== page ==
Having a camera this large but without a traditionally deep grip took some getting used to at first. There is a small front grip, and the rear thumb grip is beefy and generous, but I still felt compelled to quickly add a wrist strap for safety. The camera is simply larger than any rangefinder-style camera I've yet held, and is reminiscent of models from bygone days in the film era. I love the aesthetic, but again it took some getting used to out in the real world, especially in the hot, humid days in Atlanta where perspiration is a given.

The 50R controls are rock-solid, as I'd both hoped and expected. The metal dials are firm and reassuring, and the shutter speed dial has a locking mechanism as well. Every photographer is different in their personal preferences regarding external controls, but for me there is no substitute for actual dials. Simple, solid, old-fashioned dials. I love them, am addicted to them, and once I don't have them I get upset and lose my bearing. Hey, to each his own, as that just happens to be the way I am. Being able to look through the EVF while I am adjusting the dedicated shutter speed dial to suit the shot is just awesome to me, or aperture, or EV, and with bodies from Fujifilm that is exactly what you get. Nothing more, nothing less, very simple.

Fujifilm GFX-50R - Controls

They've removed the 4-way dial and associated buttons from the back, which at first seemed a little weird. But the joystick takes the place of it for the most part, and the joystick is, um, a joy to use. Once you've had one at your disposal for jockeying your AF point you'll see what I mean and will miss it when you switch to a camera without one. My right hand constantly goes back and forth to and from the dials and the joystick. Oh, and much like on the 50S, having the AF switch (S, C, M) near where your thumb sits is awesome. Fuji often puts this switch on the front of their cameras, and that has always seemed counter-intuitive to me. Now it's in a logical place that's easy to reach (and remember!).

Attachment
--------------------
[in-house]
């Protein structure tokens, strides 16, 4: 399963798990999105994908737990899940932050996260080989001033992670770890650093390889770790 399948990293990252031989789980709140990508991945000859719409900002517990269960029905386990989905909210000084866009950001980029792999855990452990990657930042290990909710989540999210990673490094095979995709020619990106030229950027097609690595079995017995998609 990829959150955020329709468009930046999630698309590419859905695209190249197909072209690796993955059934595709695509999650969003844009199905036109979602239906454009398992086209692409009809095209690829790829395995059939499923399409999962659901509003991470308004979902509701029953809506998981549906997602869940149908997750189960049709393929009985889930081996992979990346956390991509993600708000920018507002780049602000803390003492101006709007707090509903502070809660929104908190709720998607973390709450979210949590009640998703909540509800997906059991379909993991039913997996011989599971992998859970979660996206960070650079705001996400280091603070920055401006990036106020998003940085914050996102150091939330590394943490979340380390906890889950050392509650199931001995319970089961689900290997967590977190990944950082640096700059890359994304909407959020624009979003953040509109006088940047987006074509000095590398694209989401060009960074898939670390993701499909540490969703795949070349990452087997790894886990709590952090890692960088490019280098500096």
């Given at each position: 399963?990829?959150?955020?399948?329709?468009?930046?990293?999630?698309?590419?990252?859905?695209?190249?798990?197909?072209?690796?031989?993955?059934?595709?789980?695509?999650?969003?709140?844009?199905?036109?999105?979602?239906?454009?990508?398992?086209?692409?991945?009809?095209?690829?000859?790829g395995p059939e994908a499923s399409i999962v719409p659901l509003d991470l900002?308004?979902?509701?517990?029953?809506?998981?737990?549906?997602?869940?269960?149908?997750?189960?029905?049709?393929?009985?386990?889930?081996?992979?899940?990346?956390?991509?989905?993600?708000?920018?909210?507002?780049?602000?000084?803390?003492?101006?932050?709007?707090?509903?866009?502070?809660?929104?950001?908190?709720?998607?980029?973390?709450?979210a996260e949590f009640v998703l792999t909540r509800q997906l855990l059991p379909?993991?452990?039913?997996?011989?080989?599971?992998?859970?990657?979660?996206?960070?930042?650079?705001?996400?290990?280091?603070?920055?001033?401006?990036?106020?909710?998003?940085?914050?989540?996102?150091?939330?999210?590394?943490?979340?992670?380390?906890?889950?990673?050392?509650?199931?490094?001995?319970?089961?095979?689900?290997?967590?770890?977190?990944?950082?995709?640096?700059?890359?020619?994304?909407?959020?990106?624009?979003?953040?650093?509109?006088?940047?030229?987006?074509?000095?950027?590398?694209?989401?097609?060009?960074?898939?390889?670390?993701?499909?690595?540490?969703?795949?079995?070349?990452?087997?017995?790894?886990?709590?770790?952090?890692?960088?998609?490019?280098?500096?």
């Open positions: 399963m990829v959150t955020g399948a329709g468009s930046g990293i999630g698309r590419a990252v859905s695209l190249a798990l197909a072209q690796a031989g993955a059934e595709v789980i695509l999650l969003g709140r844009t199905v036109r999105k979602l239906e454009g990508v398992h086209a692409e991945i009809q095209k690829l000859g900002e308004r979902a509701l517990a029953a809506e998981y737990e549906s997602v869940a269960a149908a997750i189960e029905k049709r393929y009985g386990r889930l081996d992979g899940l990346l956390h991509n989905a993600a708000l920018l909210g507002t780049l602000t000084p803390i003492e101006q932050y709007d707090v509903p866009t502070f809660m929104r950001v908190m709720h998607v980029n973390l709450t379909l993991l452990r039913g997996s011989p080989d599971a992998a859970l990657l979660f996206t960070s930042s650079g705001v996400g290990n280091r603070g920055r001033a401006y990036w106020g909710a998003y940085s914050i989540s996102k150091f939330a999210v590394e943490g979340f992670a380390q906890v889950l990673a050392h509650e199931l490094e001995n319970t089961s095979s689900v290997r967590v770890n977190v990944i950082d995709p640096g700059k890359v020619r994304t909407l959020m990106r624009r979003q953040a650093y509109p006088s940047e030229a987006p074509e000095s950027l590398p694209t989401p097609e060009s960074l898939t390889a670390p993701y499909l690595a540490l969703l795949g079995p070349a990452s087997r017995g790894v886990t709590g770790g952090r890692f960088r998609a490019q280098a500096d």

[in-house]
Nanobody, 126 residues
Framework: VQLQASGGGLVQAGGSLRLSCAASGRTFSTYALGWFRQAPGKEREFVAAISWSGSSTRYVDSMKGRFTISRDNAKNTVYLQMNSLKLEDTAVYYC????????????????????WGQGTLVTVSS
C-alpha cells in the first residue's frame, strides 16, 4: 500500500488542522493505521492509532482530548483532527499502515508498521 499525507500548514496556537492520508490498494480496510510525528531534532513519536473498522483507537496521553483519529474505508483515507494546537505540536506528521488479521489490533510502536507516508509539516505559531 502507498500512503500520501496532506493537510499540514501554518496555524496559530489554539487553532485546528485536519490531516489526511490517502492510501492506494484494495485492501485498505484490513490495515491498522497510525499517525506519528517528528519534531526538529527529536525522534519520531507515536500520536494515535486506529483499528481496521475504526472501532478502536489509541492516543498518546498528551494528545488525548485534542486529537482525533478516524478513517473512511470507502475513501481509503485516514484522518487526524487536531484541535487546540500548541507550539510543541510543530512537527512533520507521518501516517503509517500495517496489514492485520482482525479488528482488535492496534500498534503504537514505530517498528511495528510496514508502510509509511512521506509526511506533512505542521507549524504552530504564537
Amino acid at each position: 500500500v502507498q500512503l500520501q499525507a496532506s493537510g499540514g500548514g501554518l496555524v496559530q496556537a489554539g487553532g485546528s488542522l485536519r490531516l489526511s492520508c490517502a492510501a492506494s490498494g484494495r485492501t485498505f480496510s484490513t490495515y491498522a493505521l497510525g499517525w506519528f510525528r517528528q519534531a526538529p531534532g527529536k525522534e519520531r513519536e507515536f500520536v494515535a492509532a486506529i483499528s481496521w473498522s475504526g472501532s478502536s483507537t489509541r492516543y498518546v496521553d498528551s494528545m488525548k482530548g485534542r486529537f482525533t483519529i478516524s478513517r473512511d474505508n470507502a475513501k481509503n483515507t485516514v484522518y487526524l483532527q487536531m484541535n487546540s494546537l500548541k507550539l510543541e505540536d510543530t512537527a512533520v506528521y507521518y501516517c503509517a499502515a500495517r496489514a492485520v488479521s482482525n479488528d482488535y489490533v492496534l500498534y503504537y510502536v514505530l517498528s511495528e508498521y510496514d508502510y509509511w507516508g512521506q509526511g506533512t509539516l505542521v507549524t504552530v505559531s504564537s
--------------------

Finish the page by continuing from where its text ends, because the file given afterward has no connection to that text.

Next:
With this initial prototype sample I found autofocus to be fast and responsive, and accurate as well. With the super-shallow depths of field provided by bright lenses on a huge sensor, you certainly have to pay close attention, but that's not the camera's fault. The power afforded to photographers with this combination is awesome, but the learning curve heavily increases as well. I found myself concentrating more on the shooting than ever before, or at least in a similar fashion to when I shot with the GFX 50S. But wow, when you nail focus, the rewards are significant.

We'll discuss handling in deeper detail in a forthcoming Field Test once we receive our full production sample. And for a comprehensive 50R hands-on video please click here!

50R: Images from the field

Let's head out into the field and take a look at the image potential from this rangefinder-esque beauty!

1/500s / f/2 / ISO 100 / GF 110mm f/2 lens
[Film Simulation: F2/Fujichrome/Velvia]
Dreamscape: This is shot in my boring little back yard, and that's the beauty of a camera like this. The otherwise boring can quickly become sublime.

The Simulator